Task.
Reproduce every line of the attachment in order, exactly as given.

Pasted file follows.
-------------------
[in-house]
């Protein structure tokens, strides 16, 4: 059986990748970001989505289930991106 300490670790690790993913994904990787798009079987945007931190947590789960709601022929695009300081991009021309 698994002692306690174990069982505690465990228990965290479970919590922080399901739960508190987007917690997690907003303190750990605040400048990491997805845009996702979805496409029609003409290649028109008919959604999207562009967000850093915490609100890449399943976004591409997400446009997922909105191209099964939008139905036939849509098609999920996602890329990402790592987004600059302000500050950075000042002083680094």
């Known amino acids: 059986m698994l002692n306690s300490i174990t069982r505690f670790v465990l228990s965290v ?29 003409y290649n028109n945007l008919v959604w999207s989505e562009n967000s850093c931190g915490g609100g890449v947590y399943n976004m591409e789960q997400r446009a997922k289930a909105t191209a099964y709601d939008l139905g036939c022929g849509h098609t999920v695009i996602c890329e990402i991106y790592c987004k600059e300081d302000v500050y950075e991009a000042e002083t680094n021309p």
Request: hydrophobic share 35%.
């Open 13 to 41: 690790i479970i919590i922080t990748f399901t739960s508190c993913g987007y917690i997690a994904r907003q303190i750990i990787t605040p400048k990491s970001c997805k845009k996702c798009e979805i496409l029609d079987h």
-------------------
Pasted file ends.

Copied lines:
[in-house]
């Protein structure tokens, strides 16, 4: 059986990748970001989505289930991106 300490670790690790993913994904990787798009079987945007931190947590789960709601022929695009300081991009021309 698994002692306690174990069982505690465990228990965290479970919590922080399901739960508190987007917690997690907003303190750990605040400048990491997805845009996702979805496409029609003409290649028109008919959604999207562009967000850093915490609100890449399943976004591409997400446009997922909105191209099964939008139905036939849509098609999920996602890329990402790592987004600059302000500050950075000042002083680094």
């Known amino acids: 059986m698994l002692n306690s300490i174990t069982r505690f670790v465990l228990s965290v ?29 003409y290649n028109n945007l008919v959604w999207s989505e562009n967000s850093c931190g915490g609100g890449v947590y399943n976004m591409e789960q997400r446009a997922k289930a909105t191209a099964y709601d939008l139905g036939c022929g849509h098609t999920v695009i996602c890329e990402i991106y790592c987004k600059e300081d302000v500050y950075e991009a000042e002083t680094n021309p």
Request: hydrophobic share 35%.
């Open 13 to 41: 690790i479970i919590i922080t990748f399901t739960s508190c993913g987007y917690i997690a994904r907003q303190i750990i990787t605040p400048k990491s970001c997805k845009k996702c798009e979805i496409l029609d079987h």